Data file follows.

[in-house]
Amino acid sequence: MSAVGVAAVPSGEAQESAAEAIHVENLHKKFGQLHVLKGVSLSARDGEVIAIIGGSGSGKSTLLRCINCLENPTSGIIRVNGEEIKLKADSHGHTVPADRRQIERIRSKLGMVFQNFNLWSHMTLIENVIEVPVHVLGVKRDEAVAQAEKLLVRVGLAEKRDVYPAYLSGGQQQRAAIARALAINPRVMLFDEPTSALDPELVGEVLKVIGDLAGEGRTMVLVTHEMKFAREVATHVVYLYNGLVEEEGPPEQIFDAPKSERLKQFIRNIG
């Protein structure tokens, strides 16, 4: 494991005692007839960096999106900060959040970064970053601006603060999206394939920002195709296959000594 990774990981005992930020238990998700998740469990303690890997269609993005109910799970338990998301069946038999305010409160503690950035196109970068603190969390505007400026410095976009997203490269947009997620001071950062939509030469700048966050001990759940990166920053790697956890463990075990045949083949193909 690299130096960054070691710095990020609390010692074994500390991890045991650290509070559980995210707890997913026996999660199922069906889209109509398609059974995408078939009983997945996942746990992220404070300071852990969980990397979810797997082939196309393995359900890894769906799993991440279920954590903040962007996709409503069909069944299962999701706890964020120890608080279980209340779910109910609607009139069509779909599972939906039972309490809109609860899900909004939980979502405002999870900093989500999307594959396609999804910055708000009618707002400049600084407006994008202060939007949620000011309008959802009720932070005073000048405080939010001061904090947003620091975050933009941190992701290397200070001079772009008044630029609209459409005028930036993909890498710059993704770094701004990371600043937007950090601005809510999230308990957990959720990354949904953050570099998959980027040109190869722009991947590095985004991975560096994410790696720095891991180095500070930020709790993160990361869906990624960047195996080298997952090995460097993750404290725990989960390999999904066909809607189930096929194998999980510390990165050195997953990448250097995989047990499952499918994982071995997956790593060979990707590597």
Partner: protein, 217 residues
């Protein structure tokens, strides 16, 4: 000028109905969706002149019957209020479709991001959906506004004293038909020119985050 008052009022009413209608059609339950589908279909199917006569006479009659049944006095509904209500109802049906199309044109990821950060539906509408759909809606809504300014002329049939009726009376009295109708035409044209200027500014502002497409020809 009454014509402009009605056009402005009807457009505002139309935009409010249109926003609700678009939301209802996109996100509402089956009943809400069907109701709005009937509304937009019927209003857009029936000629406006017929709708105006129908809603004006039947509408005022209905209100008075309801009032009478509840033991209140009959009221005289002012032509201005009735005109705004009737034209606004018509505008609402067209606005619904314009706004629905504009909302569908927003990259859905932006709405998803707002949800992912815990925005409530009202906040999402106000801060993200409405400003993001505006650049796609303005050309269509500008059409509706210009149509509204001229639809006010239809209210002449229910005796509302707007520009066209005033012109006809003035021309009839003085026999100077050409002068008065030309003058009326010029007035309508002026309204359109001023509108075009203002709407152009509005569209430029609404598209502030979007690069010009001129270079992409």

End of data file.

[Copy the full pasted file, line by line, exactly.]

[in-house]
Amino acid sequence: MSAVGVAAVPSGEAQESAAEAIHVENLHKKFGQLHVLKGVSLSARDGEVIAIIGGSGSGKSTLLRCINCLENPTSGIIRVNGEEIKLKADSHGHTVPADRRQIERIRSKLGMVFQNFNLWSHMTLIENVIEVPVHVLGVKRDEAVAQAEKLLVRVGLAEKRDVYPAYLSGGQQQRAAIARALAINPRVMLFDEPTSALDPELVGEVLKVIGDLAGEGRTMVLVTHEMKFAREVATHVVYLYNGLVEEEGPPEQIFDAPKSERLKQFIRNIG
């Protein structure tokens, strides 16, 4: 494991005692007839960096999106900060959040970064970053601006603060999206394939920002195709296959000594 990774990981005992930020238990998700998740469990303690890997269609993005109910799970338990998301069946038999305010409160503690950035196109970068603190969390505007400026410095976009997203490269947009997620001071950062939509030469700048966050001990759940990166920053790697956890463990075990045949083949193909 690299130096960054070691710095990020609390010692074994500390991890045991650290509070559980995210707890997913026996999660199922069906889209109509398609059974995408078939009983997945996942746990992220404070300071852990969980990397979810797997082939196309393995359900890894769906799993991440279920954590903040962007996709409503069909069944299962999701706890964020120890608080279980209340779910109910609607009139069509779909599972939906039972309490809109609860899900909004939980979502405002999870900093989500999307594959396609999804910055708000009618707002400049600084407006994008202060939007949620000011309008959802009720932070005073000048405080939010001061904090947003620091975050933009941190992701290397200070001079772009008044630029609209459409005028930036993909890498710059993704770094701004990371600043937007950090601005809510999230308990957990959720990354949904953050570099998959980027040109190869722009991947590095985004991975560096994410790696720095891991180095500070930020709790993160990361869906990624960047195996080298997952090995460097993750404290725990989960390999999904066909809607189930096929194998999980510390990165050195997953990448250097995989047990499952499918994982071995997956790593060979990707590597």
Partner: protein, 217 residues
């Protein structure tokens, strides 16, 4: 000028109905969706002149019957209020479709991001959906506004004293038909020119985050 008052009022009413209608059609339950589908279909199917006569006479009659049944006095509904209500109802049906199309044109990821950060539906509408759909809606809504300014002329049939009726009376009295109708035409044209200027500014502002497409020809 009454014509402009009605056009402005009807457009505002139309935009409010249109926003609700678009939301209802996109996100509402089956009943809400069907109701709005009937509304937009019927209003857009029936000629406006017929709708105006129908809603004006039947509408005022209905209100008075309801009032009478509840033991209140009959009221005289002012032509201005009735005109705004009737034209606004018509505008609402067209606005619904314009706004629905504009909302569908927003990259859905932006709405998803707002949800992912815990925005409530009202906040999402106000801060993200409405400003993001505006650049796609303005050309269509500008059409509706210009149509509204001229639809006010239809209210002449229910005796509302707007520009066209005033012109006809003035021309009839003085026999100077050409002068008065030309003058009326010029007035309508002026309204359109001023509108075009203002709407152009509005569209430029609404598209502030979007690069010009001129270079992409």